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  1. Abstract

    Understanding contributions of climate and management intensifications to crop yield trends is essential to better adapt to climate changes and gauge future food security. Here we quantified the synergistic contributions of climate and management intensifications to maize yield trends from 1961 to 2017 in Iowa (United States) using a process-based modeling approach with a detailed climatic and agronomic observation database. We found that climate (management intensifications) contributes to approximately 10% (90%), 26% (74%), and 31% (69%) of the yield trends during 1961–2017, 1984–2013, and 1982–1998, respectively. However, the climate contributions show substantial decadal or multi-decadal variations, with the maximum decadal yield trends induced by temperature or radiation changes close to management intensifications induced trends while considerably larger than precipitation induced trends. Management intensifications can produce more yield gains with increased precipitation but greater losses of yields with increased temperature, with extreme drought conditions diminishing the yield gains, while radiation changes have little effect on yield gains from management intensifications. Under the management condition of recent years, the average trend at the higher warming level was about twice lower than that at the lower warming level, and the sensitivity of yield to warming temperature increased with management intensifications from 1961 to 2017. Due to such synergistic effects, management intensifications must account for global warming and incorporate climate adaptation strategies to secure future crop productions. Additional research is needed to understand how plausible adaptation strategies can mitigate synergistic effects from climate and management intensifications.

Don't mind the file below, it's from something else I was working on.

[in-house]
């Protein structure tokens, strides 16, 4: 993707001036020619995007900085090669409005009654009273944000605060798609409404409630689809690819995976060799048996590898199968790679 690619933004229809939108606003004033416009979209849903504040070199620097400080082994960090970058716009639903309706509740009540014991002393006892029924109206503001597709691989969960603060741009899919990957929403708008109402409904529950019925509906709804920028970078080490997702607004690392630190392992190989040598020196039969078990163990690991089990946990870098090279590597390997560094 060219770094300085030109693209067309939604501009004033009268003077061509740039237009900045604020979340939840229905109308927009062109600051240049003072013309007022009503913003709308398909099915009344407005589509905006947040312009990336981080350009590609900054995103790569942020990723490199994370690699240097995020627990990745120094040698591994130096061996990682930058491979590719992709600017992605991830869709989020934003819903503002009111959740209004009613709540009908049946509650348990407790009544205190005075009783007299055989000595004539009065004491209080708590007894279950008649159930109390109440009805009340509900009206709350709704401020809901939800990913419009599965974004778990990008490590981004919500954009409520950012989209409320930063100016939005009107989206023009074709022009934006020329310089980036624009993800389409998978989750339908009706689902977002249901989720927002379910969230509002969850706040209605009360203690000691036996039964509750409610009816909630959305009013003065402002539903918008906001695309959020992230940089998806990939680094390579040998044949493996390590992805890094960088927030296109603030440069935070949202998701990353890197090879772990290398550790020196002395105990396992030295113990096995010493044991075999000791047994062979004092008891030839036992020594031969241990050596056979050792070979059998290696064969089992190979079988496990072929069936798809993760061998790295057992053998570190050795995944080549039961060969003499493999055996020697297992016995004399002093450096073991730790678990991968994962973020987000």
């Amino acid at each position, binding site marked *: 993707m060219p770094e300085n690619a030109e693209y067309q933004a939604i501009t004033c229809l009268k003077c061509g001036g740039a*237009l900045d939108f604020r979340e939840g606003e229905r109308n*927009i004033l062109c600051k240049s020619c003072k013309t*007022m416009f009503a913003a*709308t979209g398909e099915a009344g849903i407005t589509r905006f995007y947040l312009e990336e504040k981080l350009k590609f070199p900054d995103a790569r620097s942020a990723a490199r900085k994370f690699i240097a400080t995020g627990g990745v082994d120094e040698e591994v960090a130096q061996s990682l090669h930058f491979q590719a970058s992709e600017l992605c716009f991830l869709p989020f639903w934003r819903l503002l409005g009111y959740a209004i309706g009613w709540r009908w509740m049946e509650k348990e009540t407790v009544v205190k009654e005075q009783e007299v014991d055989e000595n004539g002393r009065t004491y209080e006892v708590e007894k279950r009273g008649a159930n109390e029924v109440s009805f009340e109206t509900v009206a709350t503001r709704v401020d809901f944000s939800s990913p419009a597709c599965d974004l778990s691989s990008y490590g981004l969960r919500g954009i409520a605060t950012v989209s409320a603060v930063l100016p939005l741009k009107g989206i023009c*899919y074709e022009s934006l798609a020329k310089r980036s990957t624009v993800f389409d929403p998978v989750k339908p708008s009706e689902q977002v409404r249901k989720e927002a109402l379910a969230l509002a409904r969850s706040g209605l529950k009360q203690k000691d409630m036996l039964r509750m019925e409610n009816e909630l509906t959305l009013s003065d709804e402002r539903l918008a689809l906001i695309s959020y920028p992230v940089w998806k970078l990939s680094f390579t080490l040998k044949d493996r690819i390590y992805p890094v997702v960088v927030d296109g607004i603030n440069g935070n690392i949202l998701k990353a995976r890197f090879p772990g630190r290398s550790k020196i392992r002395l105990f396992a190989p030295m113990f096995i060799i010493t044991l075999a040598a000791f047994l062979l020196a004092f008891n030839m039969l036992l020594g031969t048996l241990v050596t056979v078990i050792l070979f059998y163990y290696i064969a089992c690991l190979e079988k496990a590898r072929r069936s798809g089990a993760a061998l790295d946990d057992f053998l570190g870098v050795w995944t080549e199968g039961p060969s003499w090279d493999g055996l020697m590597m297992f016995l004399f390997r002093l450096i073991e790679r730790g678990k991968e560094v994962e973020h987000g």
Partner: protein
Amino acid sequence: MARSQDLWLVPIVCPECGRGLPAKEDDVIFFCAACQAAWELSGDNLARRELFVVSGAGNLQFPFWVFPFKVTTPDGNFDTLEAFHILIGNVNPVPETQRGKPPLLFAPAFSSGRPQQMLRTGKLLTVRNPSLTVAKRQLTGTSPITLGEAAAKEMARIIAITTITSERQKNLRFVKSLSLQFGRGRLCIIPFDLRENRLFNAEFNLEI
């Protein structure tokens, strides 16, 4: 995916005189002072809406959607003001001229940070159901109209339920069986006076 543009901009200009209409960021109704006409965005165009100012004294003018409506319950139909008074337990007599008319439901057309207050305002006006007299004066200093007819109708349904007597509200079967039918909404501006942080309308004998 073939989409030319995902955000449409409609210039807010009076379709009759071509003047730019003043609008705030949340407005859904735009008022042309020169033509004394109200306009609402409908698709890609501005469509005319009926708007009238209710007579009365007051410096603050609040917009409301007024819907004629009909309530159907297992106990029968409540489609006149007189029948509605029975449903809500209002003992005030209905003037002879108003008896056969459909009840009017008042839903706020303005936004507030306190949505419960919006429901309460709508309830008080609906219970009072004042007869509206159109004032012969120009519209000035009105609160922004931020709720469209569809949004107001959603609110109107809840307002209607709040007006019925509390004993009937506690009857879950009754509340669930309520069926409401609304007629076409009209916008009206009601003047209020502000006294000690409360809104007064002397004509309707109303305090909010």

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  2. Abstract

    Flash droughts are recently recognized subseasonal extreme climate phenomena, which develop with rapid onset and intensification and have significant socio‐environmental impacts. However, their historical trends and variability remain unclear largely due to the uncertainty associated with existing approaches. Here we comprehensively assessed trends, spatiotemporal variability, and drivers of soil moisture (SM) and evaporative demand (ED) flash droughts over the contiguous United States (CONUS) during 1981–2018 using hierarchical clustering, wavelet analysis, and bootstrapping conditional probability approaches. Results show that flash droughts occur in all regions in CONUS with Central and portions of the Eastern US showing the highest percentage of weeks in flash drought. ED flash drought trends are significantly increasing in all regions, while SM flash drought trends were relatively weaker across CONUS, with small significant increasing trends in the South and West regions and a decreasing trend in the Northeast. Rising ED flash drought trends are related to increasing temperature trends, while SM flash drought trends are strongly related to trends in weekly precipitation intensity besides weekly average precipitation and evapotranspiration. In terms of temporal variability, high severity flash droughts occurred every 2–7 years, corresponding with ENSO periods. For most CONUS regions, severe flash droughts occurred most often during La Niña and when the American Multidecadal Oscillation was in a positive phase. Pacific Decadal Oscillation negative phases and Artic Oscillation positive phases were also associated with increased flash drought occurrences in several regions. These findings may have implications for informing long‐term flash drought predictions and adaptations.